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Saturday 21 April 2018

'Every day that my cows kept indoors is costing around €100'

Farmer Dan Bourke and his son Brandon (9) from Kilcorney, Millstreet at the Dairygold Co-Op branch in Millstreet, Cork speaking with the Minister for Agriculture, Food and the Marine, Michael Creed (right) and Dairygold CEO Jim Woulfe as a delivery of imported fodder from the UK arrives to the Co-Op for distribution. Pic Michael Mac Sweeney/Provision
Farmer Dan Bourke and his son Brandon (9) from Kilcorney, Millstreet at the Dairygold Co-Op branch in Millstreet, Cork speaking with the Minister for Agriculture, Food and the Marine, Michael Creed (right) and Dairygold CEO Jim Woulfe as a delivery of imported fodder from the UK arrives to the Co-Op for distribution. Pic Michael Mac Sweeney/Provision
Ralph Riegel

Ralph Riegel

For Cork dairy farmer Dan Bourke fodder deliveries from the UK simply couldn't have been timed better.

"I ran out of fodder yesterday so I suppose it's very good timing," he said last week as imported fodder started to land in Ireland.

Dan travelled to the Dairygold Co-op SuperStore outlet in Millstreet for the first delivery of UK-sourced fodder under the Government's €1.5m feed support scheme.

A Nolan Transport articulated lorry began unloading giant fodder bales from 11am - and farmers desperate for feed for their hungry animals quickly formed a queue of tractors, jeeps and trailers to haul away their two bale limit.

The entire operation was watched, in heavy rain, by Agriculture Minister Michael Creed and Dairygold boss Jim Woulfe.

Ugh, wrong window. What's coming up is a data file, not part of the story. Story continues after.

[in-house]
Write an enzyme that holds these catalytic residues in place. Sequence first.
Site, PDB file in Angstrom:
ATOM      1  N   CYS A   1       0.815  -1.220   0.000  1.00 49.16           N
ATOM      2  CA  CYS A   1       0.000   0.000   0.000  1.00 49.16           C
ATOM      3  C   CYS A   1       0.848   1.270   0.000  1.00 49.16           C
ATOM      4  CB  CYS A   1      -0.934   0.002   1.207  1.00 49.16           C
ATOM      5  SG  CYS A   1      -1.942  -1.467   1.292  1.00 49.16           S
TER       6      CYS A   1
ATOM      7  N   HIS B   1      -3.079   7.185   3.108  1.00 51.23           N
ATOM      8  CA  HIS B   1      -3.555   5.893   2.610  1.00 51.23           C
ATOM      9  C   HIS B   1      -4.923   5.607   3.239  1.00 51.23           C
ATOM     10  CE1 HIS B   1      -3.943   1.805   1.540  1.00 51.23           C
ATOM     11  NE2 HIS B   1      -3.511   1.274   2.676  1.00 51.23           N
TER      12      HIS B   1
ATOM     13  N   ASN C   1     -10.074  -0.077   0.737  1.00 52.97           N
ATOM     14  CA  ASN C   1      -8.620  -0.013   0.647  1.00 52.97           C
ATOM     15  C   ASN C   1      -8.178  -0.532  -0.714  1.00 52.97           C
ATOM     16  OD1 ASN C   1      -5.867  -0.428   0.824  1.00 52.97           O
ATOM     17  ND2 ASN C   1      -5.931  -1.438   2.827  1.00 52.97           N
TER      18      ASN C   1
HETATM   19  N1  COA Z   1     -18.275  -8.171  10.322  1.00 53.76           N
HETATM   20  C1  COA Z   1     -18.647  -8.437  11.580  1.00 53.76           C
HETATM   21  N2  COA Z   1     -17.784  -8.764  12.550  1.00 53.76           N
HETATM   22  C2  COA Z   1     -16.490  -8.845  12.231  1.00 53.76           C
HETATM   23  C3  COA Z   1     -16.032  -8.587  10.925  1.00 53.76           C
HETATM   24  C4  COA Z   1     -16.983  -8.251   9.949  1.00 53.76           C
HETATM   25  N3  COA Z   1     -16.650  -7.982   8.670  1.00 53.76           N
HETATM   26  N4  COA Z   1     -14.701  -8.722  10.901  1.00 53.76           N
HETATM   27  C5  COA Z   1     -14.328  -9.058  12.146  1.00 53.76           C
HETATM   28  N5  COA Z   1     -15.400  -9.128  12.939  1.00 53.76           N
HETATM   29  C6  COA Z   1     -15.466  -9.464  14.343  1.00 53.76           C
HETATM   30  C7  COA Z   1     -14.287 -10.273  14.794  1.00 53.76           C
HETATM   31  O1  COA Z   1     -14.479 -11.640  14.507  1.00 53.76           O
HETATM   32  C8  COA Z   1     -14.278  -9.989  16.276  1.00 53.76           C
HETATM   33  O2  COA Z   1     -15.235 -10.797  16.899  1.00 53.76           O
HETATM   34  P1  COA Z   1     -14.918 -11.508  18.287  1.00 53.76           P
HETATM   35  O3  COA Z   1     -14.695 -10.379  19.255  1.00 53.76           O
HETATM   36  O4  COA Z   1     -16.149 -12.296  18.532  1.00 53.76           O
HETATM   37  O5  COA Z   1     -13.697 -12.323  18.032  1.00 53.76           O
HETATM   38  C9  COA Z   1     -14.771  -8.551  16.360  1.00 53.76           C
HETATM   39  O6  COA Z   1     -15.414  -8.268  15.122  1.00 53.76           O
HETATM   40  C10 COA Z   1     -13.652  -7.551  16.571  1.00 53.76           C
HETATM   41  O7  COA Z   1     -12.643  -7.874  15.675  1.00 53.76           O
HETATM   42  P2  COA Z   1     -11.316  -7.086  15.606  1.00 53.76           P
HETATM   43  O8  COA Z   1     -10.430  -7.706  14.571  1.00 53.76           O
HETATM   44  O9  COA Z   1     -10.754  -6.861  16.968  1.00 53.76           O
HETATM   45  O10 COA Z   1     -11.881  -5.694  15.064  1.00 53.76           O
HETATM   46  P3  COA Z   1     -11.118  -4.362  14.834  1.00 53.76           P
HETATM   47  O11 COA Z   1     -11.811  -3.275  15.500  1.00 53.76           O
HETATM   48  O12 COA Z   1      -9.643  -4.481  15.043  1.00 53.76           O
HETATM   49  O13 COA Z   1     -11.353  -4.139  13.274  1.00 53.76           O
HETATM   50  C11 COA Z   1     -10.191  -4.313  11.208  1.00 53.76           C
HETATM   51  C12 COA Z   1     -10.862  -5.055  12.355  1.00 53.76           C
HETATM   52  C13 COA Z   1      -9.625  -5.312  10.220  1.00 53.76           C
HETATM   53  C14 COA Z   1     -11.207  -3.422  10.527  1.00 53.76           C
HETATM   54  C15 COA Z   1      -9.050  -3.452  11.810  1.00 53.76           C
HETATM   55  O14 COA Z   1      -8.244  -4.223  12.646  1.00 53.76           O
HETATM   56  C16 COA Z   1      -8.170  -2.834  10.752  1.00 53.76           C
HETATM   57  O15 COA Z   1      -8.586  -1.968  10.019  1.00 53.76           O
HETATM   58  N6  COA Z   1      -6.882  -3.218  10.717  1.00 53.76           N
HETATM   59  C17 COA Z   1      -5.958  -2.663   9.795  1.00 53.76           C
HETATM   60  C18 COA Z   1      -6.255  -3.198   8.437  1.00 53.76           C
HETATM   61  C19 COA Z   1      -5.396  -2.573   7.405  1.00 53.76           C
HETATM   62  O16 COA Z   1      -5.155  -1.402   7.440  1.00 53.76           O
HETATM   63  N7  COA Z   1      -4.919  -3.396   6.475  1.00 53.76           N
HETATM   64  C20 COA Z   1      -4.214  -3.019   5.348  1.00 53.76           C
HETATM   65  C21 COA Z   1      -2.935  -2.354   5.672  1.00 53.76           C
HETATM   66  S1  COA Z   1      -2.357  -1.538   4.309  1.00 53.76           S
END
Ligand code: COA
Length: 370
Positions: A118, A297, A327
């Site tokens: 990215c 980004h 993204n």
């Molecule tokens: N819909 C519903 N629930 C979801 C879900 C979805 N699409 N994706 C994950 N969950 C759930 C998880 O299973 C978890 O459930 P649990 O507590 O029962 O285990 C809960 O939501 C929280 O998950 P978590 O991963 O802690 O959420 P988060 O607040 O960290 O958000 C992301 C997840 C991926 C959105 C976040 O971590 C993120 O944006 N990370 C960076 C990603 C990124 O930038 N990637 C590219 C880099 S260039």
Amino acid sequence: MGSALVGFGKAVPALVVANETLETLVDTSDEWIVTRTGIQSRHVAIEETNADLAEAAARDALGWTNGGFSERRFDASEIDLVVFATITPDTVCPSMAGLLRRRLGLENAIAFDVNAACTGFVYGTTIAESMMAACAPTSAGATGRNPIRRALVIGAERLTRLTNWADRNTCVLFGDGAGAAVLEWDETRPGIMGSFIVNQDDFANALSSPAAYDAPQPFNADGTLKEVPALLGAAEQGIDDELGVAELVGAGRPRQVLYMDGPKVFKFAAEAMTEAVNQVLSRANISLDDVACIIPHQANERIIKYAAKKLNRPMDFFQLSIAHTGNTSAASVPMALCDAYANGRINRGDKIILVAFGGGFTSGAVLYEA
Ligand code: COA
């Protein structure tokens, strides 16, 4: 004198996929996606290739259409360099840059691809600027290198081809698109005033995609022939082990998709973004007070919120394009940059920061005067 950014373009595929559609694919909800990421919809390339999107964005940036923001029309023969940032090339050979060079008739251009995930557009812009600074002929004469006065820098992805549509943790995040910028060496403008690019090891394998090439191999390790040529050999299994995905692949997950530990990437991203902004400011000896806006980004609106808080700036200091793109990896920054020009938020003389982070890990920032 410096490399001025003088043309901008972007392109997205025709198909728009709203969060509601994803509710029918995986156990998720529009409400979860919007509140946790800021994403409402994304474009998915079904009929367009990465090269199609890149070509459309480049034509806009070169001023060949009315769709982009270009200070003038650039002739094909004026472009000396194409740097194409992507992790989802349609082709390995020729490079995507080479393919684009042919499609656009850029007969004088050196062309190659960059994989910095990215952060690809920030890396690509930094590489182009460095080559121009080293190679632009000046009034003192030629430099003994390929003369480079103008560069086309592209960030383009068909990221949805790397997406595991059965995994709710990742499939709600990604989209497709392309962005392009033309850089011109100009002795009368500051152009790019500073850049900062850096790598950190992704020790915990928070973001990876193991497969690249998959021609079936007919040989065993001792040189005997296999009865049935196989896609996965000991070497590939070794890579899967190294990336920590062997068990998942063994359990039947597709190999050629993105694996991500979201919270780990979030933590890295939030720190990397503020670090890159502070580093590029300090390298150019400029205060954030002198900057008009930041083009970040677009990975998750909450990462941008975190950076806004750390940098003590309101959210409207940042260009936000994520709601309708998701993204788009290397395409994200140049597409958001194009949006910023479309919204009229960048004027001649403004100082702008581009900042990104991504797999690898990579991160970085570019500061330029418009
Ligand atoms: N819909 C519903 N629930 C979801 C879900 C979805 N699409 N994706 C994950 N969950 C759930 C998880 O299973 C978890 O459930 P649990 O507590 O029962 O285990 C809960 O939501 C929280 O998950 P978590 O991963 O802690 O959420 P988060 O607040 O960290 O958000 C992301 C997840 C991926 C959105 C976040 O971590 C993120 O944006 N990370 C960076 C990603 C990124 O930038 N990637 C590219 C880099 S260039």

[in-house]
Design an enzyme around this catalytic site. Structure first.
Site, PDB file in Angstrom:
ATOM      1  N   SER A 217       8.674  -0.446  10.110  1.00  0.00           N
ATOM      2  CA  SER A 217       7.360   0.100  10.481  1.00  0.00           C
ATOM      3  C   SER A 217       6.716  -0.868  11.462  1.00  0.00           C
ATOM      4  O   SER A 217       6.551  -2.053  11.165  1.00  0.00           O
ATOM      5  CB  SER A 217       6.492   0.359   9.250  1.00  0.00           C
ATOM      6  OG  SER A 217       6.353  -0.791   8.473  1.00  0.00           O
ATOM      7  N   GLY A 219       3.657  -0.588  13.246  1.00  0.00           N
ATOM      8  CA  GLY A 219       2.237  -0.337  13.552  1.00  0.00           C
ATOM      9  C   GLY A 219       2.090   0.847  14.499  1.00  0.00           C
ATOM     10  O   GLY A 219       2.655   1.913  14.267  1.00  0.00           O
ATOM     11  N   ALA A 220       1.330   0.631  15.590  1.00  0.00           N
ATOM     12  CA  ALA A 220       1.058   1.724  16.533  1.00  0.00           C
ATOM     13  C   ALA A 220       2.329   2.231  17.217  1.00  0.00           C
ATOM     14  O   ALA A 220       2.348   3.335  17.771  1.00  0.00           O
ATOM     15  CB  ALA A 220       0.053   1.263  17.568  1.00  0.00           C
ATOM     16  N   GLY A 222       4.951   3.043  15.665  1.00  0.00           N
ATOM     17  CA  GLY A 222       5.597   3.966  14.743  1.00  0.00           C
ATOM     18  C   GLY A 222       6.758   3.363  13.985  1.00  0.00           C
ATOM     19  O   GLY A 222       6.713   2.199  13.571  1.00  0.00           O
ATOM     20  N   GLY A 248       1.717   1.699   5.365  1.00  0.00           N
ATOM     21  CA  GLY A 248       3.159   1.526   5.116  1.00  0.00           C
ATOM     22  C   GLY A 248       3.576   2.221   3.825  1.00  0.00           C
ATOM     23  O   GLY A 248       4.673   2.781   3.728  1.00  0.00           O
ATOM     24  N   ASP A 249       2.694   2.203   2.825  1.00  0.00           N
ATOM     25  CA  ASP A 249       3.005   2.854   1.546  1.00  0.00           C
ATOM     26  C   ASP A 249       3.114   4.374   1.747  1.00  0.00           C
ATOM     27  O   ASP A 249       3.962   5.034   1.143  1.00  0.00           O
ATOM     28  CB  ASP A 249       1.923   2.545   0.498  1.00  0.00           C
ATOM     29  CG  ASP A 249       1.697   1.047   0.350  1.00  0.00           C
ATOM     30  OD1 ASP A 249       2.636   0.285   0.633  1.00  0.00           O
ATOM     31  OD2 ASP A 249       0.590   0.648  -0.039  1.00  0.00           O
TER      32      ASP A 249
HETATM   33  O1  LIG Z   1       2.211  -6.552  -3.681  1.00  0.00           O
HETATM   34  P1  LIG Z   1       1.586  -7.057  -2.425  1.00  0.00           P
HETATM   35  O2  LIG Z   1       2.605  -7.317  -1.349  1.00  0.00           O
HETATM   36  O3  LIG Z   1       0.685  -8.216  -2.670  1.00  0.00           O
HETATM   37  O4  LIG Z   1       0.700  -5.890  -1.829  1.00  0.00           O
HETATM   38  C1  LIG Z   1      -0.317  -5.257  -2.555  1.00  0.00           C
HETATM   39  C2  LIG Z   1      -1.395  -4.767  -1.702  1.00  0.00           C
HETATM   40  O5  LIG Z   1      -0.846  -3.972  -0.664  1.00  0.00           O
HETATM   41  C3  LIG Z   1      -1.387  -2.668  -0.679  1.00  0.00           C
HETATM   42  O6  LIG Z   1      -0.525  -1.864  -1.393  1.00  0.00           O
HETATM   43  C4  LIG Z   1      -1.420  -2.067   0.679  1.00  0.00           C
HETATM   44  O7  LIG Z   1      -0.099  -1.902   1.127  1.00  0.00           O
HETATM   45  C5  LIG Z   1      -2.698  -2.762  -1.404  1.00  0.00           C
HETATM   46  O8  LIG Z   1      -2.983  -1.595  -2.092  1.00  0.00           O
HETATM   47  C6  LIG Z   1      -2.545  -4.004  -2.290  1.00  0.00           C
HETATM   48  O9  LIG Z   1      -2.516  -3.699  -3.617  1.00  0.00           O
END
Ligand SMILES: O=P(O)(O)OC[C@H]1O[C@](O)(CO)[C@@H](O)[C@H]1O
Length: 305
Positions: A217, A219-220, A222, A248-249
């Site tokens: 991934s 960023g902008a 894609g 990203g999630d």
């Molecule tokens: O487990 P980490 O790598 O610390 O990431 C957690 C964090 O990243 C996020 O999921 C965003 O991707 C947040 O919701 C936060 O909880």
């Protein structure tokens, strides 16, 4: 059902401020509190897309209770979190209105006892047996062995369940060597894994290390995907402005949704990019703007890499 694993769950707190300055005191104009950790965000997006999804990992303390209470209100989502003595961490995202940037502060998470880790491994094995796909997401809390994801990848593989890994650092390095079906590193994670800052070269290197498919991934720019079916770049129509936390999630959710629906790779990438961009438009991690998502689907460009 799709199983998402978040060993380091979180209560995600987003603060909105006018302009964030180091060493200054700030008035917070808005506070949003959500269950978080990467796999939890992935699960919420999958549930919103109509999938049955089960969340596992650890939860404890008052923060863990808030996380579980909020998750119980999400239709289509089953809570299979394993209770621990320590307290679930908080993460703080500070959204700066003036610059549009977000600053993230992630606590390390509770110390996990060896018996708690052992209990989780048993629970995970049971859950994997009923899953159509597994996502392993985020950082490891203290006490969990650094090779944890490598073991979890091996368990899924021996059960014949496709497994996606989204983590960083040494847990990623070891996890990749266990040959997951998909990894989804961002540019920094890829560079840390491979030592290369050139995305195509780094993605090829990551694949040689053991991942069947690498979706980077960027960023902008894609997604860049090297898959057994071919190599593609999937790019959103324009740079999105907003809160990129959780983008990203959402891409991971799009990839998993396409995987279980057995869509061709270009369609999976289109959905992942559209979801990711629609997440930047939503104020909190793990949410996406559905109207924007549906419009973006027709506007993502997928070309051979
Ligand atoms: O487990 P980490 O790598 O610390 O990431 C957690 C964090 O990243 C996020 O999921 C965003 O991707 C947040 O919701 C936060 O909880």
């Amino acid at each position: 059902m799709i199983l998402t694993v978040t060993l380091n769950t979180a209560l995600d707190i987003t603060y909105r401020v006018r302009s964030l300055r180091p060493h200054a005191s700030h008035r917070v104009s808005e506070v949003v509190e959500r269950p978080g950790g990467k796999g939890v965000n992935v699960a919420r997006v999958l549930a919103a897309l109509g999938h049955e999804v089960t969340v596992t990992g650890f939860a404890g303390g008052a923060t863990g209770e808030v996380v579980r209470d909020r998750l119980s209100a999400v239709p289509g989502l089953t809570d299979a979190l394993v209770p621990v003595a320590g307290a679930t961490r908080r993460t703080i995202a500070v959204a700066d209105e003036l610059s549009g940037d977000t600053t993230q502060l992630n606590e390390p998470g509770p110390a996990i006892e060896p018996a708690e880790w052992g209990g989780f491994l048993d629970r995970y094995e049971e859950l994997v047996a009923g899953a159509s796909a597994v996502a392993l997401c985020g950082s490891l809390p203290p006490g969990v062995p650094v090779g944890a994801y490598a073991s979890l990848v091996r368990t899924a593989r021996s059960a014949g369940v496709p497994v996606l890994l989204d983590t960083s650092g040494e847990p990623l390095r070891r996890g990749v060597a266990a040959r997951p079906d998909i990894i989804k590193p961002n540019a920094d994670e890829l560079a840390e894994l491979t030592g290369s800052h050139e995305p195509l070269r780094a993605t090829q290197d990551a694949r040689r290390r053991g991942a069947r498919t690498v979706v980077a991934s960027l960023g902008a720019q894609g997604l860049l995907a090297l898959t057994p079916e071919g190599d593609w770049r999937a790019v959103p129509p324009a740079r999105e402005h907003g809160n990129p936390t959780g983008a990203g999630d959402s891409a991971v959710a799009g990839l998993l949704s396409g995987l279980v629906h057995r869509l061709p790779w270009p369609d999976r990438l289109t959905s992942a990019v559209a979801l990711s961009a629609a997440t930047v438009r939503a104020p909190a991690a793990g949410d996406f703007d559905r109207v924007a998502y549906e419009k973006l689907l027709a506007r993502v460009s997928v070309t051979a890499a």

Dan's son, Brandon (9), also watched as their bales were eagerly loaded for transport back to their Kilcorney farm just outside Millstreet.

"It has been a very tough winter," Dan said.

"The problem is that the animals went in so early. They have been in since around November. Usually you'd hope to have them well out on grass by now."

Dan admitted that 2013 was another very difficult year fodder-wise due to the weather.

"That was an expensive year - and this will be another very expensive year," he said.

"Even if we get great weather and sunshine from now on, it will still be another two weeks before fields are ready to have cattle let out on them."

Dan milks around 80 cows at his Kilcorney holding - and said every day that they are now kept indoors is costing around €100.

Another 30 days of keeping animals inside could cost producers anything to the order of €3,000.

"The other problem is that the milk will be way down on what it would be if they were out in the fields and there was good grass growth.

"So it is losses and extra costs no matter which way you turn."

Dan stressed that livestock farmers simply have to get on with it.

"It is either that or go bust - you just have to keep working away and doing your best."

He said the Government's fodder support initiative was very welcome - but, like other producers, he said livestock farmers would like to see something done to address the massive extra costs they have had to endure because of the miserable winter and delayed spring.


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